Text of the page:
Beet Ice Cream with Marscapone, Orange Zest & Poppy Seeds by Jill Mant
I got so excited when I saw that this week’s power food was beets and with the temperatures here in Colorado still firmly entrenched in the 90′s-100′s, I decided I needed to make a beet ice cream. What better way to ring in the Fourth of July?
Beets rock!! This much maligned root vegetable is both highly nutritious and “cardiovascular health” friendly in addition to being utterly delicious. Certain unique pigment antioxidants present in both the root, as well as the top greens, and have been found to offer protection against coronary artery disease and stroke, lower cholesterol levels in the body and have anti-aging effects. Did you read that? ANTI-AGING EFFECTS!! Could you possibly ask for anything more than this from a vegetable?
Beets are colorful! They can be found in red (or purple), orange-yellow and white varieties. Both root and top leaves, as well as the stems of beet are used for consumption. Choggia beet or candy cane variety have beautiful alternative red and white concentric swirls.
Beets roots are very low in calories and contain only a small amount of fat. Their nutritional benefits come from fiber, vitamins, minerals, and unique plant derived anti-oxidants. Containing significant amounts of vitamin-C, one of the powerful natural antioxidants, beets help the body scavenge deleterious free radicals one of the causes for cancers development. The root is also a rich source of niacin, vitamins B-5, B-6 and carotenoids, along with minerals such as iron, manganese, and magnesium. Additionally, the roots are a great source of potassium which lowers your heart rate and regulates metabolism by countering detrimental effects of sodium.
Beet greens are an excellent source of carotenoids, flavonoid anti-oxidants, and vitamin A. The greens contain far more of these compounds than that of the roots.Vitamin A is required for maintaining healthy mucus membranes and skin and is essential for vision. Consumption of natural vegetables rich in flavonoids helps to guard against lung and oral cavity cancers.
Can you tell that I am passionate about beets? I love these sweet and hearty roots! I can scarf them down on their own, just roasted with olive oil and sea salt. A beet salad makes a grand luncheon in my world and one of my favorite salads to make with beets includes using the beet greens and stems:
I beg you to forgive this less than beautiful photo; this was one of my earliest posts and although it is still not stellar, at least I can see that my photography and plating have improved! Make this salad despite the photo, I offer a money back guarantee that the outstanding flavors packed into this salad will not disappoint. You can find the recipe here.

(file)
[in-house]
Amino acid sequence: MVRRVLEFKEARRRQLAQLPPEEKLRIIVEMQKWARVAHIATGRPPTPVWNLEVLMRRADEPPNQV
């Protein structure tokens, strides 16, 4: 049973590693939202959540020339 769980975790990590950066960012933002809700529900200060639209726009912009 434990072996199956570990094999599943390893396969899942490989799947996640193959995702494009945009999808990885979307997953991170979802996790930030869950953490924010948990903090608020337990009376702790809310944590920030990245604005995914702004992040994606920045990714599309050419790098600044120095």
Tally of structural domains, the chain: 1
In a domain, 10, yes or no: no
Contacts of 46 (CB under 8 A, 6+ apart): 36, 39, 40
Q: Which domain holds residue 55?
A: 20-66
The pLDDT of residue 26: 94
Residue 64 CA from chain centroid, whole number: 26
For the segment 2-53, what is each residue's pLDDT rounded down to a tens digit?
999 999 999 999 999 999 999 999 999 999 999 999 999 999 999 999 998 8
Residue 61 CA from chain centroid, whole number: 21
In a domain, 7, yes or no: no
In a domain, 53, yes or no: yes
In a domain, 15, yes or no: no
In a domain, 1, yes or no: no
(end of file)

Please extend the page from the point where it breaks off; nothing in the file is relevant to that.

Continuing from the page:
The photo for this next recipe I am going to offer you was soooo bad that I can not make myself republish it here! I will tell you to click here if you want to see the recipe for these healthful brownies- YES HEALTHFUL BEET BROWNIES!- made with beet roots and bananas. As ugly as the photo is, I promise the color of the brownies themselves and the rich, sweet flavor will not disappoint.
Back in February Margo posted this recipe for beet soup or Borscht, which seeing as that is snow on the plate. she served hot. This is a soup that is just as good, and some even say even better, cold.
And again with no photo due to the atrocity of the ones that do exist, I offer you this recipe for Beet Greens braised with Pine Nuts and Dried Cherries. The standard money back guarantee applies!
Please check out my fellow bloggers and see what divine, delectable and healthful beet recipes they have cooked up. You will find our fearless leader and promoter of all things healthy, Mireya at My Healthy Eating Habits. She and I are joined by the lovely Alyce and her pups at More Time at the Table, my good friend and phenomenal Indian chef Ansh of Spice Roots, our very own resident Mother Teresa, Jeanette of Jeanette’s Healthy Living, weight watcher expert Martha at Simple-Nourished-Living, the very entertaining Sarah from Everything In the Kitchen Sink and the innovative and healthful Casey from Bookcase Foodie. The added bonus of visiting their blogs is that you will now have eight fabulous beet recipes without buying the book!!
Now, I will leave you with this song and the recipe for Roasted Beet Ice Cream with Marscapone, Orange Zest and Poppy Seeds.
|Week 4 of the 38 Power Foods: Bodacious Beets!||
- 2 cups organic 1% milk
- 4 tsp. cornstarch
- 1 1/4 cups organic heavy cream
- 2/3 cup sugar
- 2 tbsp. agave syrup
- 1/2 tsp. kosher salt
- Zest of 1 orange
- 3 tbsp. mascarpone cheese, softened
- 2 egg yolks
- 2/3 cup puréed roasted beets
- 2 tbsp. poppy seeds
- In a bowl, stir together 1/4 cup milk and the cornstarch; set slurry aside.
- In a 4-qt. saucepan, whisk together remaining milk and the cream, sugar, agave, and salt; bring to a boil over medium-high heat.
- Add orange zest. Cook for 4 minutes; stir in slurry. Return to a boil and cook, stirring, until thickened, about 2 minutes.
- Place mascarpone cheese in a bowl with the egg yolks and pour in 1/4 cup hot milk mixture, a little at a time, so as not to cook the yolks; whisk until smooth.
- Whisk in remaining milk mixture; stir in beets.
- Pour mixture into a plastic bag; seal, and submerge into a sink or bowl of ice water until chilled.
- Pour mixture into an ice cream maker; process for 30-40 minutes, adding poppy seeds during the last minute of churning. Transfer ice cream to a storage container and freeze until set.
The cook time does not include the time it takes to roast the beets, but it does include the time it takes to run the ice cream maker.
This recipe was also shared on http://www.foodiefriendsfriday.com